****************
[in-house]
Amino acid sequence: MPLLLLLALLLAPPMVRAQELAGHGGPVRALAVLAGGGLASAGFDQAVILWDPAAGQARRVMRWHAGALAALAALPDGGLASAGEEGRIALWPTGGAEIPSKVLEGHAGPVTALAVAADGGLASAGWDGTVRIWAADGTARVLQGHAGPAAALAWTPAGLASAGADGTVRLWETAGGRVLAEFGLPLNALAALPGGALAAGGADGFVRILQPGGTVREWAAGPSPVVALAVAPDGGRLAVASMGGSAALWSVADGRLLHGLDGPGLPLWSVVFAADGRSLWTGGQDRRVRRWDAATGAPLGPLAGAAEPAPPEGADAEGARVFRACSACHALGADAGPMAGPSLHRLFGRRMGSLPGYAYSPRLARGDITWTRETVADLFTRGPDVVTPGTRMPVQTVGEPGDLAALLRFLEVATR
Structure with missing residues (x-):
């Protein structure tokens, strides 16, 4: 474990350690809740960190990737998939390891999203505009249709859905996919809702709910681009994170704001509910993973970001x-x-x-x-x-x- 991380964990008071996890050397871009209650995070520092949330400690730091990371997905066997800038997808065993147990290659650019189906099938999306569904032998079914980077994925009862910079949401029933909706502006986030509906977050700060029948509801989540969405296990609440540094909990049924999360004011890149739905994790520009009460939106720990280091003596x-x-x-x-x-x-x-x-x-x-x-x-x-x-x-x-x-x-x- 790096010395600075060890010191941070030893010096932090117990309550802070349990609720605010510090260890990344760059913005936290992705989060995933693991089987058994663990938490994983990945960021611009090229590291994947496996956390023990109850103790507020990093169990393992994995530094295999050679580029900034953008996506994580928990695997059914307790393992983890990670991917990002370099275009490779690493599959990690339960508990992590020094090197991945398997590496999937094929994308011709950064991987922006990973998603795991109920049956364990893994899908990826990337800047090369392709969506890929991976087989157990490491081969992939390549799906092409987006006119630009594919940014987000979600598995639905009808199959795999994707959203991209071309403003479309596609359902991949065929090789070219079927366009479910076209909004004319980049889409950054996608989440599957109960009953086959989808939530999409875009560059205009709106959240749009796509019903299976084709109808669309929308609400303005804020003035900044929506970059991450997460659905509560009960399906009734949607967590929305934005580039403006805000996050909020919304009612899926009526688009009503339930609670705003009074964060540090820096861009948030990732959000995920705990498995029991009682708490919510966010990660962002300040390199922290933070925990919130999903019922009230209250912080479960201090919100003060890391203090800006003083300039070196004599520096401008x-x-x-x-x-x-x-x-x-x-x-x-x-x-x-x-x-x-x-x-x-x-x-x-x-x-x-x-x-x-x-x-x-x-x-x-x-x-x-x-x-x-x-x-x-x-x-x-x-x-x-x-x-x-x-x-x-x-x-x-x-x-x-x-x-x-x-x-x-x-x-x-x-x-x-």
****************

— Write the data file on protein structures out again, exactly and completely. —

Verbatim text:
[in-house]
Amino acid sequence: MPLLLLLALLLAPPMVRAQELAGHGGPVRALAVLAGGGLASAGFDQAVILWDPAAGQARRVMRWHAGALAALAALPDGGLASAGEEGRIALWPTGGAEIPSKVLEGHAGPVTALAVAADGGLASAGWDGTVRIWAADGTARVLQGHAGPAAALAWTPAGLASAGADGTVRLWETAGGRVLAEFGLPLNALAALPGGALAAGGADGFVRILQPGGTVREWAAGPSPVVALAVAPDGGRLAVASMGGSAALWSVADGRLLHGLDGPGLPLWSVVFAADGRSLWTGGQDRRVRRWDAATGAPLGPLAGAAEPAPPEGADAEGARVFRACSACHALGADAGPMAGPSLHRLFGRRMGSLPGYAYSPRLARGDITWTRETVADLFTRGPDVVTPGTRMPVQTVGEPGDLAALLRFLEVATR
Structure with missing residues (x-):
């Protein structure tokens, strides 16, 4: 474990350690809740960190990737998939390891999203505009249709859905996919809702709910681009994170704001509910993973970001x-x-x-x-x-x- 991380964990008071996890050397871009209650995070520092949330400690730091990371997905066997800038997808065993147990290659650019189906099938999306569904032998079914980077994925009862910079949401029933909706502006986030509906977050700060029948509801989540969405296990609440540094909990049924999360004011890149739905994790520009009460939106720990280091003596x-x-x-x-x-x-x-x-x-x-x-x-x-x-x-x-x-x-x- 790096010395600075060890010191941070030893010096932090117990309550802070349990609720605010510090260890990344760059913005936290992705989060995933693991089987058994663990938490994983990945960021611009090229590291994947496996956390023990109850103790507020990093169990393992994995530094295999050679580029900034953008996506994580928990695997059914307790393992983890990670991917990002370099275009490779690493599959990690339960508990992590020094090197991945398997590496999937094929994308011709950064991987922006990973998603795991109920049956364990893994899908990826990337800047090369392709969506890929991976087989157990490491081969992939390549799906092409987006006119630009594919940014987000979600598995639905009808199959795999994707959203991209071309403003479309596609359902991949065929090789070219079927366009479910076209909004004319980049889409950054996608989440599957109960009953086959989808939530999409875009560059205009709106959240749009796509019903299976084709109808669309929308609400303005804020003035900044929506970059991450997460659905509560009960399906009734949607967590929305934005580039403006805000996050909020919304009612899926009526688009009503339930609670705003009074964060540090820096861009948030990732959000995920705990498995029991009682708490919510966010990660962002300040390199922290933070925990919130999903019922009230209250912080479960201090919100003060890391203090800006003083300039070196004599520096401008x-x-x-x-x-x-x-x-x-x-x-x-x-x-x-x-x-x-x-x-x-x-x-x-x-x-x-x-x-x-x-x-x-x-x-x-x-x-x-x-x-x-x-x-x-x-x-x-x-x-x-x-x-x-x-x-x-x-x-x-x-x-x-x-x-x-x-x-x-x-x-x-x-x-x-």